Open Education Mooc Week 1
vahidm, Outdoing Education, Nov 20, 2018
On October 1st, the Open Education MOOC, created by George Siemens and David Wiley started. I’d qualify it as an introductory week, with a gentle look at the history of what fits within the “open education” narrative. Given David Wiley’s presence, it’s not surprising that most of the contents are focusing on OER (Open Educational … Continue reading Open Education MOOC Week 1

On October 1st, the Open Education MOOC, created by George Siemens and David Wiley started. I’d qualify it as an introductory week, with a gentle look at the history of what fits within the “open education” narrative. Given David Wiley’s presence, it’s not surprising that most of the contents are focusing on OER (Open Educational Contents) rather than on pedagogy (i’m really waiting for that discussion: what can “open pedagogy” mean?)

Week 1 (partial) mindmap

This is my partial week 1 mindmap. It’s partial because it doesn’t include the suggested readings that were linked in the course.

Open Education Week 1

(the full-sized file can be found here)

One thing struck me in this week 1: the OER discussion seems very North American centric.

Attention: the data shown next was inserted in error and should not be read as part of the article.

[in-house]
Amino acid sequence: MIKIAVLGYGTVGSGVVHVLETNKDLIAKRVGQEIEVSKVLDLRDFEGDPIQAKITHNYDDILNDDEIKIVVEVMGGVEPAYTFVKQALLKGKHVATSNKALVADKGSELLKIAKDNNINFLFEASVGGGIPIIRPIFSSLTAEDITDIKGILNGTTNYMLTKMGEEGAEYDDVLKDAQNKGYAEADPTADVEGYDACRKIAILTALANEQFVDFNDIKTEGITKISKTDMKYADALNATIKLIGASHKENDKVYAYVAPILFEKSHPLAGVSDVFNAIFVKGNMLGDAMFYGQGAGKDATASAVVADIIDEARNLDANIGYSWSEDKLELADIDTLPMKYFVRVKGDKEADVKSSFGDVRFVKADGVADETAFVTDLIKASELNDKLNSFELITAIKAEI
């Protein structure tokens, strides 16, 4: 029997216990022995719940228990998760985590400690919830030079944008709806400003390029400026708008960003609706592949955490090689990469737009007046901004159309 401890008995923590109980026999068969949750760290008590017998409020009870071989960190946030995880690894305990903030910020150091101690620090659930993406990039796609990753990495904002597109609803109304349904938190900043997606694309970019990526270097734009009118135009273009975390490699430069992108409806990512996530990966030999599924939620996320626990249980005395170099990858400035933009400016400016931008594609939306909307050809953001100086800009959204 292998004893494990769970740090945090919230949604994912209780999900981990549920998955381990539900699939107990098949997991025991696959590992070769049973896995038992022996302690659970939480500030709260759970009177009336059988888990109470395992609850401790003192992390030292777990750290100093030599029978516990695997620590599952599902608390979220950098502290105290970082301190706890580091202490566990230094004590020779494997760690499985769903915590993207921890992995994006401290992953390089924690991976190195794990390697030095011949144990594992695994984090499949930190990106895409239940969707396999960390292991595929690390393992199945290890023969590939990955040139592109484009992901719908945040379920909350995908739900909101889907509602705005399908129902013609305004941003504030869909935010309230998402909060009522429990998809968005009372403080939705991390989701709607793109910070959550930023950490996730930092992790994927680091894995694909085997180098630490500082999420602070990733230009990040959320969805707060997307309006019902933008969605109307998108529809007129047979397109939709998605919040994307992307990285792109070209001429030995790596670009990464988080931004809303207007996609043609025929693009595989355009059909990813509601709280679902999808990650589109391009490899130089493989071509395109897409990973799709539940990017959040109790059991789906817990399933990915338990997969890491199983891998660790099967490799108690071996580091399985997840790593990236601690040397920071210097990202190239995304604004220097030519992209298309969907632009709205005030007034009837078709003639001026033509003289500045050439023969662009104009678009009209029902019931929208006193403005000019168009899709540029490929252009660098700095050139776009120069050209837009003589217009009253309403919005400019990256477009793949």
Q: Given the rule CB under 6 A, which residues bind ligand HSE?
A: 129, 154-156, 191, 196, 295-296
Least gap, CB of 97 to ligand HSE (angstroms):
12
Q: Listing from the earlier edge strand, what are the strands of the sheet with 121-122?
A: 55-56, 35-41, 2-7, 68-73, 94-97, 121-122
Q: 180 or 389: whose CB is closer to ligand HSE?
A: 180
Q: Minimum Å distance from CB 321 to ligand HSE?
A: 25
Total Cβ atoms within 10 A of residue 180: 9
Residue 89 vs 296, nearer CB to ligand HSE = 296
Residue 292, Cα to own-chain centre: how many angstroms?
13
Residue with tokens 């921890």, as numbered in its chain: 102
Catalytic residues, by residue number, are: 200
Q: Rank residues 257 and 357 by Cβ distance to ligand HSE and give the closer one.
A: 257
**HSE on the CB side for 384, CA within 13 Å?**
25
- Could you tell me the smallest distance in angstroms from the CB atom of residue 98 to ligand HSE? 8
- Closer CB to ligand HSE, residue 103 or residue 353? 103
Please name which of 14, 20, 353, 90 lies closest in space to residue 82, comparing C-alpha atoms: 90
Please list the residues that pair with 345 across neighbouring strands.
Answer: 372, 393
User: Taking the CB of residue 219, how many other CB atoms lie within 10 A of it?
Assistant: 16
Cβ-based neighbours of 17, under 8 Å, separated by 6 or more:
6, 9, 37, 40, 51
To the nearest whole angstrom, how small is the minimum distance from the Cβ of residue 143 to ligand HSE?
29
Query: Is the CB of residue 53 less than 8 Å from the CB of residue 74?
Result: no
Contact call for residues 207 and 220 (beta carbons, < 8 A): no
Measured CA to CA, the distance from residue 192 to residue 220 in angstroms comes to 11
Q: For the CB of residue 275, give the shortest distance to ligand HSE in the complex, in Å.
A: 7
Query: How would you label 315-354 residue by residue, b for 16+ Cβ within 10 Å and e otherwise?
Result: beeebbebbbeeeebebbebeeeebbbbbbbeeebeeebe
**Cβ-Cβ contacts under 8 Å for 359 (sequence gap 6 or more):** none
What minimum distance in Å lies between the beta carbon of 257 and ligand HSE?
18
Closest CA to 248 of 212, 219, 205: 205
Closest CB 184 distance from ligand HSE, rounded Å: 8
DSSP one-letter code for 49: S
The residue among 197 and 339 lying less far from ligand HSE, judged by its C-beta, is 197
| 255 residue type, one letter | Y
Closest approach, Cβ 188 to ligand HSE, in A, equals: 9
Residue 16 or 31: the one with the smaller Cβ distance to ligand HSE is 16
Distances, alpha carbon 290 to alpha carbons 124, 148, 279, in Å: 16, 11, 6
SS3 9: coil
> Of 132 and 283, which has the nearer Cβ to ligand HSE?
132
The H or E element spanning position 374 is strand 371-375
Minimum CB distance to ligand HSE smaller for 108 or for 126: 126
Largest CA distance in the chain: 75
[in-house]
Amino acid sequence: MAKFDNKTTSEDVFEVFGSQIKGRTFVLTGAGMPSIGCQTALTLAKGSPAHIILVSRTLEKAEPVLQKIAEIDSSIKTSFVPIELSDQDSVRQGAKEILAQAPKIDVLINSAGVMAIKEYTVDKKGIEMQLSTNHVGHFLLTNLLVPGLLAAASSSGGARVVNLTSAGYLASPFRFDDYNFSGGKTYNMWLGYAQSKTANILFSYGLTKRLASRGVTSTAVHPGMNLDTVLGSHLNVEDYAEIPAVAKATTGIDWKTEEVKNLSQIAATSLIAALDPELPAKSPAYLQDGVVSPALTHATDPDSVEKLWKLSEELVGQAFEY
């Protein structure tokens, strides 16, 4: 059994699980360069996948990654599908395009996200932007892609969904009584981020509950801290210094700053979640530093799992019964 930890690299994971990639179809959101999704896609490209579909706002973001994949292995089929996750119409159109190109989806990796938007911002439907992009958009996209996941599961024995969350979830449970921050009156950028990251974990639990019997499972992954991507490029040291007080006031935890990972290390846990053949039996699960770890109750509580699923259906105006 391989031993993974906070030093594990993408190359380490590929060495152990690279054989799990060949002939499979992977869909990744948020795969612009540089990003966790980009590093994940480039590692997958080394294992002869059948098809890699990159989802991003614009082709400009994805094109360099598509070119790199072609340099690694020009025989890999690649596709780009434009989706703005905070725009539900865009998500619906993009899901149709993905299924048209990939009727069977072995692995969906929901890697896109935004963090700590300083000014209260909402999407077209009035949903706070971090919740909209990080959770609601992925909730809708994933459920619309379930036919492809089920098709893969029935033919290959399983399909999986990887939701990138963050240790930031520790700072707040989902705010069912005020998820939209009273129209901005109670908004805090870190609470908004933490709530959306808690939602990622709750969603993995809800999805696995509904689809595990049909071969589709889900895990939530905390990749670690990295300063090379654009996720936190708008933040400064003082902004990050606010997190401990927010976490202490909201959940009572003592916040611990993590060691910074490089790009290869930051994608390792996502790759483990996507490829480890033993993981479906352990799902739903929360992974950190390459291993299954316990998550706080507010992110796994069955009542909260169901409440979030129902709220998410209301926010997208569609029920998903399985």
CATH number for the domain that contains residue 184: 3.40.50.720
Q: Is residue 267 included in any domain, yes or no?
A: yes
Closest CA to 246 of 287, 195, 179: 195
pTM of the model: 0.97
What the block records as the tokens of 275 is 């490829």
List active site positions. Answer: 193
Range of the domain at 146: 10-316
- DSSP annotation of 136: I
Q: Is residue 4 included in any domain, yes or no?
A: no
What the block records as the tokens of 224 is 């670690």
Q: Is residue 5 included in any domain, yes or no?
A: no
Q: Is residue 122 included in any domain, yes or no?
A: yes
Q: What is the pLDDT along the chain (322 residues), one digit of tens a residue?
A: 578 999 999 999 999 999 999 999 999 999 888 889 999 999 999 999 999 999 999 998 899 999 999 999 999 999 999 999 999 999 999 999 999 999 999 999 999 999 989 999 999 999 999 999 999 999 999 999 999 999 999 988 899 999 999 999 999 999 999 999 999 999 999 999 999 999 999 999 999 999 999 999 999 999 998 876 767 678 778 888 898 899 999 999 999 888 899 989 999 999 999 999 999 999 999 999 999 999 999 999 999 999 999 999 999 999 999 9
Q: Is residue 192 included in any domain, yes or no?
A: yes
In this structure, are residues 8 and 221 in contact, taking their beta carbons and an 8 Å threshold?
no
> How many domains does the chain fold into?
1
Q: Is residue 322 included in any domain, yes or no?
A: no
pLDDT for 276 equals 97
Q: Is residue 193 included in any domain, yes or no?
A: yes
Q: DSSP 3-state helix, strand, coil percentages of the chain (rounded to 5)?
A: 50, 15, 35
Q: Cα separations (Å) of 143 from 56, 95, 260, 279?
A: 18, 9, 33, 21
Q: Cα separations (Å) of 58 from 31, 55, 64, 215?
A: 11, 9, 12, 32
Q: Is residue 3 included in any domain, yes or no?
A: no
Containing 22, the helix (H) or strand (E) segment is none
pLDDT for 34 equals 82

While David and George acknowledge this in their conversation, it makes me realize that in Latin America (where i’ve resided for 3 decades), “OER is not even an issue here”. This is because in L-A we have photocopy machines, and we’re not afraid to use them. Every student you meet, no matter how expensive the education institution he attends, will have a bunch of photocopies in his backpack, no questions asked. In Ecuador, i actually learned that the copyright law is specifically tailored to accommodate this arrangement: As long as it’s for classroom work, copyrights are excused, thank you very much.

Should we change the value proposition of OERs?

Does this explain (part of) the difficulties that David Wiley mentions regarding OER adoption? (he says that once he managed to convince people to share their contents, he had to work on getting people to actually use those contents). In L-A there’s little incentive to adopt OER textbooks if access to the “originals” is inexpensive. It’s understood by those in the know that access to ready-to-use contents is only half the value proposition, but even in this week’s content, it really comes down to that: OERs are free (as in free beer) contents you can learn from. Should we be trying to change the narrative? Would most educators value the modify and re-mix aspects of OERs enough to make them attractive?

OER doesn’t have to be just textbooks

It was interesting to notice that OERs were mostly described as textbooks. There’s no doubt that textbooks are valuable tools for educational settings.  However, it might be interesting to consider other intervention entry points: lesson plans, in particular, are highly valued by educators (especially in K-12). They’ve proven to be so valuable that marketplaces have been created and work quite effectively (Amazon deciding to make an entry in the market recently).

An example worth studying is Klascement a site started by an educator in the late 90s, where educator freely share classroom content (including lesson plans, tests sheets, and any other resource they’ve successfully used with their students).